Attacks on healthcare bodies up by 100%


As millions of new patients enter the US healthcare system under the Affordable Care Act, patient records have become a smorgasbord for criminals. The Fourth Annual Benchmark Study on Patient Privacy and Data Security by Ponemon Institute, sponsored by ID Experts, reveals new security and privacy threats to hospitals and the patient records they manage.

One of the key threats is the unproven security in the health insurance marketplaces, created as a result of the Affordable Care Act. According to the report, other top threats include: criminal attacks, employee negligence, unsecured mobile devices (smartphones, laptops, and tablets), and third parties—causing organizations to scramble.

Patient records are vulnerable to both insider and outsider threats because of the value of the information to criminals. These records contain personally identifiable information (PII) and protected health information (PHI). When combined, this information represents highly sensitive “regulated data,” which is tightly controlled by federal laws, including HIPAA and GLBA, as well as numerous state breach notification laws.

“Employee negligence, such as a lost laptop, continues to be at the root of most data breaches in this study. However, the latest trend we are seeing is the uptick in criminal attacks on hospitals, which have increased a staggering 100 percent since the first study four years ago,” said Dr Larry Ponemon, chairman and founder, Ponemon Institute. “The combination of insider-outsider threats presents a multi-level challenge, and healthcare organizations are lacking the resources to address this reality.”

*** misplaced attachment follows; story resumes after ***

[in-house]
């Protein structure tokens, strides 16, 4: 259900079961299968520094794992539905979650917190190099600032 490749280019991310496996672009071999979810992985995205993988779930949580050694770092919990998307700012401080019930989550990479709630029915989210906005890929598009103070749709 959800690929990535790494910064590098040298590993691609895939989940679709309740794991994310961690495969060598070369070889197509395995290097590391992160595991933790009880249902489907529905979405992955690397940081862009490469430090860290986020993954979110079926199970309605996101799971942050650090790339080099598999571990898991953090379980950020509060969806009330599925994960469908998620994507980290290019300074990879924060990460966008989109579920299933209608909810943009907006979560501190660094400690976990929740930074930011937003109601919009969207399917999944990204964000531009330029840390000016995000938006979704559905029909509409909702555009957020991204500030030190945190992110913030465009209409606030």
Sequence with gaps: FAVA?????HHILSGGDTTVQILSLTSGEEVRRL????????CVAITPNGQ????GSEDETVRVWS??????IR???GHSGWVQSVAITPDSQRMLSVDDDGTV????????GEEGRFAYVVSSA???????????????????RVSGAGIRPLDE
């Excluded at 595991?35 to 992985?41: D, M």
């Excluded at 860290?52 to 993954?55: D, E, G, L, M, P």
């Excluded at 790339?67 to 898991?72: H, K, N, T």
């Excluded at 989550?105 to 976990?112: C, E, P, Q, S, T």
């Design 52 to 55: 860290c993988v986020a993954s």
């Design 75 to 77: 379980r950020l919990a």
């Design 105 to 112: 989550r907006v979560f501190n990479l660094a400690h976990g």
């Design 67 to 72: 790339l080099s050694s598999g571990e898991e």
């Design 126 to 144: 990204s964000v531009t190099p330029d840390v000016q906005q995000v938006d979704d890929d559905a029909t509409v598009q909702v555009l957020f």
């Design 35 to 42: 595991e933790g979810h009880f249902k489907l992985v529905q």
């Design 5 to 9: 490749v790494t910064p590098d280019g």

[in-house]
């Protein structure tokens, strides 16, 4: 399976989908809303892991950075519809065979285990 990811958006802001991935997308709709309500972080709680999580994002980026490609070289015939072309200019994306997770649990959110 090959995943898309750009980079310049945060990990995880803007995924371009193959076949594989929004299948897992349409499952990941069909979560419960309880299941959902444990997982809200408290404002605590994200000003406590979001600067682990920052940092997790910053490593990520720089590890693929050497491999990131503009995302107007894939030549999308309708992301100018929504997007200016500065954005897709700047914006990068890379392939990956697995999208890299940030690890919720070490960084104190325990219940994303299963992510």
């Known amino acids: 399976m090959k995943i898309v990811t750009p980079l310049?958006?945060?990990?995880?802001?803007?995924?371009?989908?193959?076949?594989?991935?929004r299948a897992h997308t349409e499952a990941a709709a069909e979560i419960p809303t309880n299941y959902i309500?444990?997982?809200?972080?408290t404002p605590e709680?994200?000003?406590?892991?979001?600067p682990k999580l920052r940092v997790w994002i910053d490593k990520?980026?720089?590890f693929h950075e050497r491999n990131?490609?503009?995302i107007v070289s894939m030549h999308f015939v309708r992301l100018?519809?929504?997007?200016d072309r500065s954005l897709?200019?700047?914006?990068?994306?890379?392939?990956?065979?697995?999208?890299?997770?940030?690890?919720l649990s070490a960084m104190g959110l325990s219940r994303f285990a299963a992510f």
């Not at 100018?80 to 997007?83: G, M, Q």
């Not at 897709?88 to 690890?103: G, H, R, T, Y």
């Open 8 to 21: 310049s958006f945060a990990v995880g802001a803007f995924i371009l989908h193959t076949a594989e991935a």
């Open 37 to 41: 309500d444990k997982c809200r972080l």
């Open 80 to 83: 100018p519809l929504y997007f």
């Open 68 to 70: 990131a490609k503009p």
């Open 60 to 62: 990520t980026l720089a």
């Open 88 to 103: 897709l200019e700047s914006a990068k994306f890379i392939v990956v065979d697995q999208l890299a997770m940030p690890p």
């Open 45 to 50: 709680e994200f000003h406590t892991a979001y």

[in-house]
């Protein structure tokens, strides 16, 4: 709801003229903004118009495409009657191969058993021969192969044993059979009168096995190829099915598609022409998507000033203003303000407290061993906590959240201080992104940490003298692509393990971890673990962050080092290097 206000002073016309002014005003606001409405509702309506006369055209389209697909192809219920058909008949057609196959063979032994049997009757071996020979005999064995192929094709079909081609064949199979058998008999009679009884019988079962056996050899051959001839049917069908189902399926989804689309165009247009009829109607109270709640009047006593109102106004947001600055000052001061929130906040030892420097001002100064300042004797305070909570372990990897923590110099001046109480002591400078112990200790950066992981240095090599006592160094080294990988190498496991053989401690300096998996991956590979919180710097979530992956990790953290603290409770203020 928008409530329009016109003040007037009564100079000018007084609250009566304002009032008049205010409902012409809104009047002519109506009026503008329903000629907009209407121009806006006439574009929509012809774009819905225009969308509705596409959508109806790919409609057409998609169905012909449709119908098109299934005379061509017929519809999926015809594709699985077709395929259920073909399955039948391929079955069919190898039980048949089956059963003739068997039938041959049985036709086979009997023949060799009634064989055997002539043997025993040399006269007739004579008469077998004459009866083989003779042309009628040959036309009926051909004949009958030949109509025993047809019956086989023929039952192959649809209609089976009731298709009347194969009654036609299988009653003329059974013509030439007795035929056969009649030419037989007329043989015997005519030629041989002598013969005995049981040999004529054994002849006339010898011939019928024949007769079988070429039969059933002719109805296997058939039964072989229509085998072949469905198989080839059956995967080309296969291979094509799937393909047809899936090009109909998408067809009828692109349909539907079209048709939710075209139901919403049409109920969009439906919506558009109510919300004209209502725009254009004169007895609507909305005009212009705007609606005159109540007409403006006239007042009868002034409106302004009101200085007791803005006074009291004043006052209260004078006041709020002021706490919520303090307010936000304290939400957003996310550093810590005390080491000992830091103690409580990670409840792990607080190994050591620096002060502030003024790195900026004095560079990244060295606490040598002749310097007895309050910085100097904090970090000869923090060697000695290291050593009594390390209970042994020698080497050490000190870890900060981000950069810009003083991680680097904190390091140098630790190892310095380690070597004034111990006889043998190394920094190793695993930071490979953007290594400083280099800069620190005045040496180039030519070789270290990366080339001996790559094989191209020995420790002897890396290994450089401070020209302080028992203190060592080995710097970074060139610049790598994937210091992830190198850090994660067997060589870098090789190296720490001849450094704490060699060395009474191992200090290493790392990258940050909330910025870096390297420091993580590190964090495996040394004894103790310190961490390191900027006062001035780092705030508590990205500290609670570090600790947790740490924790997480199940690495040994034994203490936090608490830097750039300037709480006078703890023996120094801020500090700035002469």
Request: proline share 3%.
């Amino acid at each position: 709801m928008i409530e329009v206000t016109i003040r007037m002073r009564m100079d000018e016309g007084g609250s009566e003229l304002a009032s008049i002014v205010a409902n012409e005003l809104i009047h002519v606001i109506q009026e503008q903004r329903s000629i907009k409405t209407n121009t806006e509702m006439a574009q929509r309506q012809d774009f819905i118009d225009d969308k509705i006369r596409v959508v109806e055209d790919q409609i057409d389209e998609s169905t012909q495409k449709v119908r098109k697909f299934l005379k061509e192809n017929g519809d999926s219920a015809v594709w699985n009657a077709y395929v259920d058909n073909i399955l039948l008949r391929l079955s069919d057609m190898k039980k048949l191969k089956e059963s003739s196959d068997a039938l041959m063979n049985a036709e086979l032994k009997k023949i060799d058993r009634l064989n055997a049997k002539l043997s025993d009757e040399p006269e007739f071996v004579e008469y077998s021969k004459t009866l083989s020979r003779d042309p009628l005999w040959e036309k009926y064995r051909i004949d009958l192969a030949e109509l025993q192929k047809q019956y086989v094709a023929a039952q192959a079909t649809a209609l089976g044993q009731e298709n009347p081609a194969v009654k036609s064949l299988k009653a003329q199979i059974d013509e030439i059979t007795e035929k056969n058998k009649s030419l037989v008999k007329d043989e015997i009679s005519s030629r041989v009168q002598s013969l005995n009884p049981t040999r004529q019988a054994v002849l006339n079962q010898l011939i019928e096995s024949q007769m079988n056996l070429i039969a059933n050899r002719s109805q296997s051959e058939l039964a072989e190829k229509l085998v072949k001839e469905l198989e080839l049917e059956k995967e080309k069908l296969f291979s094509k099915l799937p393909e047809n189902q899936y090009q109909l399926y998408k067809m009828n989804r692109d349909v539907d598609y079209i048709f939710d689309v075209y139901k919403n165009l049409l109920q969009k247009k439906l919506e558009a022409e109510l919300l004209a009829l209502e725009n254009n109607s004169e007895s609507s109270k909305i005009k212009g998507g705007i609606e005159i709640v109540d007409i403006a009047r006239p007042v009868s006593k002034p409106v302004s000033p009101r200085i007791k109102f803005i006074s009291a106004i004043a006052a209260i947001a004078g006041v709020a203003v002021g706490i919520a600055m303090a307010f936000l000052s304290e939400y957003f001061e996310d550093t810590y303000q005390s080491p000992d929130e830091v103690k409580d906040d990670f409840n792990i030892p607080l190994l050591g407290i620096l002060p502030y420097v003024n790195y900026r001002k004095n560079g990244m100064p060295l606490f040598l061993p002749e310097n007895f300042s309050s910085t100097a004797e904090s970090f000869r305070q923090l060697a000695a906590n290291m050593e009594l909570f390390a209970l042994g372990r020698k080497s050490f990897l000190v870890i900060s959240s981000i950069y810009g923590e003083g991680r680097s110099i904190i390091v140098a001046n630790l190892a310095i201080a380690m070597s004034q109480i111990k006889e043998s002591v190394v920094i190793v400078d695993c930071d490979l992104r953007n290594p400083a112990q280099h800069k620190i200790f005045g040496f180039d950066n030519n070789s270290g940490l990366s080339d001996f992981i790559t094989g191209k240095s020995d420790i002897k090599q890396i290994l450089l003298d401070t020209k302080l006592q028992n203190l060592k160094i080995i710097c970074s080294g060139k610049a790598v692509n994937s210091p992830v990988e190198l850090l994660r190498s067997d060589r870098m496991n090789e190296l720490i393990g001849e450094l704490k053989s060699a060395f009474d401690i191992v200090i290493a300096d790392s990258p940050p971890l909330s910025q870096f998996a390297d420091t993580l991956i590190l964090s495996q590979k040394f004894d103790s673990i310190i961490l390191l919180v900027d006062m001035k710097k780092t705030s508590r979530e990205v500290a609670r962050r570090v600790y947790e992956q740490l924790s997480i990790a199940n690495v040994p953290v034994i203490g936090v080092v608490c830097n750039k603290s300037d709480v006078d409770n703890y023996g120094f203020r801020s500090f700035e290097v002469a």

Key findings of the research are that data breaches have declined slightly, though remain high; the Affordable Care Act increases risks to millions of patients and their information; negligent employees and unsecured devices in the workplace remain a big security threat; and healthcare organizations don’t trust their third parties (Business Associates) with sensitive patient information.

“It’s been a year since the HIPAA Final Rule was issued, and we have seen healthcare organizations make some good progress towards complying with federal privacy and security guidelines and better safeguarding patient information. However, because the threats and risks are shifting, organizations are in a constant state of catch up,” said Rick Kam, president and co-founder of ID Experts.

“It’s like a bucket filled with water, with holes in it. The water keeps spurting out, and every time you patch one hole, a new hole forms. The process of patching old and new holes is overwhelming, and this new data validates that issue.”

Affordable Care Act, Ponemon Institute, Security Threats, Privacy Threats